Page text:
Andrew—Reid was actually invoking President John F. Kennedy’s misquotation of Dante. JFK gave a speech in 1963 on the occasion of the West Germans establishing their equivalent of the Peace Corps, in which he said, “Dante once said that the hottest places in hell are reserved for those who in a period of moral crisis maintain their neutrality.” Except Dante didn’t say that. According to the JFK library:
In fact, President Kennedy got his facts wrong. Dante never made this statement. The closest to what President Kennedy meant is in the Inferno where the souls in the ante-room of hell, who “lived without disgrace and without praise,” and the coward angels, who did not rebel but did not resist the cohorts of Lucifer, are condemned to being whirled through the air by great winds while being stung by wasps and horseflies.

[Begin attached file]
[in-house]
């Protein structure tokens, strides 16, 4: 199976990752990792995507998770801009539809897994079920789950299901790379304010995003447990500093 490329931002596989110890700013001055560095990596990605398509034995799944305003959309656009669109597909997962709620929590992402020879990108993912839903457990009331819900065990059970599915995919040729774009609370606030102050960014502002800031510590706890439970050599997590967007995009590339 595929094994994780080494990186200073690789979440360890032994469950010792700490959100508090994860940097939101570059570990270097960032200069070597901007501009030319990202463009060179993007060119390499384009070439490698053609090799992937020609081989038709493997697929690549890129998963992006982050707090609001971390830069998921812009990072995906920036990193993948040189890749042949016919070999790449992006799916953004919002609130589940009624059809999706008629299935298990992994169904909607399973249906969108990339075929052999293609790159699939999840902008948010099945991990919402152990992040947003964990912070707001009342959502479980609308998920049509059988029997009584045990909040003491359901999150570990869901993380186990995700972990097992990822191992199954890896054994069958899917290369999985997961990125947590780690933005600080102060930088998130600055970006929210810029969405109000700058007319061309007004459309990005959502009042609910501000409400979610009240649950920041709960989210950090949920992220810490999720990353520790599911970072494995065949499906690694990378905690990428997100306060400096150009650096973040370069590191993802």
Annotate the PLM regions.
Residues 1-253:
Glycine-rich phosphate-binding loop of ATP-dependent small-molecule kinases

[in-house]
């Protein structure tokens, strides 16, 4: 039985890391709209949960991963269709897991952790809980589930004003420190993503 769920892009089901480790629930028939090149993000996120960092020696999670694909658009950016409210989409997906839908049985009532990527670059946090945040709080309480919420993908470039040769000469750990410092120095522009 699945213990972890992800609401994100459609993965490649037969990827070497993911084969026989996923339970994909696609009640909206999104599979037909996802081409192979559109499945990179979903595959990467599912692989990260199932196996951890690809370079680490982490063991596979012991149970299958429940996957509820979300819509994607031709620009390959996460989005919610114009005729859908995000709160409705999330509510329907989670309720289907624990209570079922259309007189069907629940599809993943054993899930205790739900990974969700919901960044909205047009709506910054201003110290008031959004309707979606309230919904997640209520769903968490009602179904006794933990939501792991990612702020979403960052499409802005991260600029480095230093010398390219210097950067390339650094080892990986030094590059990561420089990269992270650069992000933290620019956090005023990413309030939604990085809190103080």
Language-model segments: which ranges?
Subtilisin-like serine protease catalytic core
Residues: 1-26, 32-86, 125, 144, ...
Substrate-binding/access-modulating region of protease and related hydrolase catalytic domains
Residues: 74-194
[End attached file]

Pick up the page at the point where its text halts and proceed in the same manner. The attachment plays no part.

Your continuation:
Close enough? After reading the quote twice for emphasis, Reid said, “I’ve thought about those words very often, and very often lately.”
Incidentally, the moral crisis that JFK was referring to was that Western Europe and the United States were “islands of prosperity in a sea of poverty,” and the neutral people deserving of hellfire were those who pursued “merely their private interest” rather than laboring abroad “in some small village . . . lay[ing] a seed which will bring a rich harvest for us all in later days.” So it’s not exactly the most apropos allusion to use in rallying support for raining down missiles on Syria, but never mind.